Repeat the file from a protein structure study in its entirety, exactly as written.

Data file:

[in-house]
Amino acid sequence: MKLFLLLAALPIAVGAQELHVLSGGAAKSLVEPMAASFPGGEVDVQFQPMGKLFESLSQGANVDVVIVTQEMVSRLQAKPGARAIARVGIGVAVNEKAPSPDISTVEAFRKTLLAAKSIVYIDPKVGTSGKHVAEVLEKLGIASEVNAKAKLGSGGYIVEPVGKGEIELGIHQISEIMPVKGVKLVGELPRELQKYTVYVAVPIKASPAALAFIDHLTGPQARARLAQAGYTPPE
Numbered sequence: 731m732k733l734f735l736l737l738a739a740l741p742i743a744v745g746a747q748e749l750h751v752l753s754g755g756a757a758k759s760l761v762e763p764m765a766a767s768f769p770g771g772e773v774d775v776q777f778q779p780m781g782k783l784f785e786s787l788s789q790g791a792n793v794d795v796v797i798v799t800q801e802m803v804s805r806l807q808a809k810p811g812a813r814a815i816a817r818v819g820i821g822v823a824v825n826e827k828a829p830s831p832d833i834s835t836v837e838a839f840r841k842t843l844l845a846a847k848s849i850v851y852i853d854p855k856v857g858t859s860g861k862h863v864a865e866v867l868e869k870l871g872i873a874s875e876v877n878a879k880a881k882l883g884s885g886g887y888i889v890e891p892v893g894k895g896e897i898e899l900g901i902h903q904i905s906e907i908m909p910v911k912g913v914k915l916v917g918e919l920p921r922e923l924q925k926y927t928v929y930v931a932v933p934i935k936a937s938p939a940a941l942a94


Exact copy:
[in-house]
Amino acid sequence: MKLFLLLAALPIAVGAQELHVLSGGAAKSLVEPMAASFPGGEVDVQFQPMGKLFESLSQGANVDVVIVTQEMVSRLQAKPGARAIARVGIGVAVNEKAPSPDISTVEAFRKTLLAAKSIVYIDPKVGTSGKHVAEVLEKLGIASEVNAKAKLGSGGYIVEPVGKGEIELGIHQISEIMPVKGVKLVGELPRELQKYTVYVAVPIKASPAALAFIDHLTGPQARARLAQAGYTPPE
Numbered sequence: 731m732k733l734f735l736l737l738a739a740l741p742i743a744v745g746a747q748e749l750h751v752l753s754g755g756a757a758k759s760l761v762e763p764m765a766a767s768f769p770g771g772e773v774d775v776q777f778q779p780m781g782k783l784f785e786s787l788s789q790g791a792n793v794d795v796v797i798v799t800q801e802m803v804s805r806l807q808a809k810p811g812a813r814a815i816a817r818v819g820i821g822v823a824v825n826e827k828a829p830s831p832d833i834s835t836v837e838a839f840r841k842t843l844l845a846a847k848s849i850v851y852i853d854p855k856v857g858t859s860g861k862h863v864a865e866v867l868e869k870l871g872i873a874s875e876v877n878a879k880a881k882l883g884s885g886g887y888i889v890e891p892v893g894k895g896e897i898e899l900g901i902h903q904i905s906e907i908m909p910v911k912g913v914k915l916v917g918e919l920p921r922e923l924q925k926y927t928v929y930v931a932v933p934i935k936a937s938p939a940a941l942a94